Introduction: Making ground: The archaeology of waste landscapes

Matthew Edgeworth, Jonathan Gardner, Jeff Benjamin

Research output: Contribution to journalArticlepeer-review

Abstract / Description of output

Waste creates and reshapes our contemporary landscapes in many different ways. Often, such landscapes are regarded negatively as places to avoid if possible: garbage dumps, sewage infrastructure, mine heaps or, at smaller scales, rubbish-strewn streets or plastic-choked waterways. That said, given the variety of materials that make up different waste landscapes and the degree of intentionality involved in their deposition, some waste landscapes can go surprisingly unnoticed. For example, land reclamations using waste rock or rubble can come to be mistaken for “natural” terrain after decades of familiar use. In other cases, waste-modified landscapes, such as industrial spoil heaps, are seen as eyesores and removed or reshaped better to resemble natural landforms. Whether perceived negatively or not, waste landscapes can nonetheless sometimes become social, material, ecological, creative and politically generative terrains, allowing opportunities for new activities and valuations to take place. It is the investigation of these complex associations and the valuations of such waste landscapes that the papers of this special issue of the Journal of Contemporary of Archaeology address.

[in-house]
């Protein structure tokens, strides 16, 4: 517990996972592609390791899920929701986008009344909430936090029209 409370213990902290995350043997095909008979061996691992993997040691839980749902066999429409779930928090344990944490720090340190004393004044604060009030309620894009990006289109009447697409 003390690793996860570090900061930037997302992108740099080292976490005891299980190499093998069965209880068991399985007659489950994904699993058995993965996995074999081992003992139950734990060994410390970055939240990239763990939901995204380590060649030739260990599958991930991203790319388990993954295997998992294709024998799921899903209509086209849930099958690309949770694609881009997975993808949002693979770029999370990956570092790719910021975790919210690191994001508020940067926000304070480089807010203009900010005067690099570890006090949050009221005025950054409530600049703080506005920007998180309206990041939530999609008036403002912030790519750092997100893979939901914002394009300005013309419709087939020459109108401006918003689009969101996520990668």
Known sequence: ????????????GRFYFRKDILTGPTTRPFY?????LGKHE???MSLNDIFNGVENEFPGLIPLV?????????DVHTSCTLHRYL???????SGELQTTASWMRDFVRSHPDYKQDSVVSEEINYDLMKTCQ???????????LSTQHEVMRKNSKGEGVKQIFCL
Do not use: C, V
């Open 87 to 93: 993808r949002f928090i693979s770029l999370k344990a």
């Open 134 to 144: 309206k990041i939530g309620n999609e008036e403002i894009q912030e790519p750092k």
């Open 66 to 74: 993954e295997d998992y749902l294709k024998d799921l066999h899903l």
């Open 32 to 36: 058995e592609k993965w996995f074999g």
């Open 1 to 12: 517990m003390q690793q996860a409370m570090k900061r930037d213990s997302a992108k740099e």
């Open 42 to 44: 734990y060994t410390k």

Original languageEnglish
Pages (from-to)1-7
Number of pages7
JournalJournal of Contemporary Archaeology
Issue number1
Publication statusPublished - 25 Oct 2023
Event(Conference Session organisation) Making Ground: the archaeology of waste landscapes. - Society for American Archaeology 87th Annual Meeting, Chicago, United States
Duration: 31 Mar 202231 Mar 2022

Keywords / Materials (for Non-textual outputs)

  • waste
  • wastelands
  • waste landscapes


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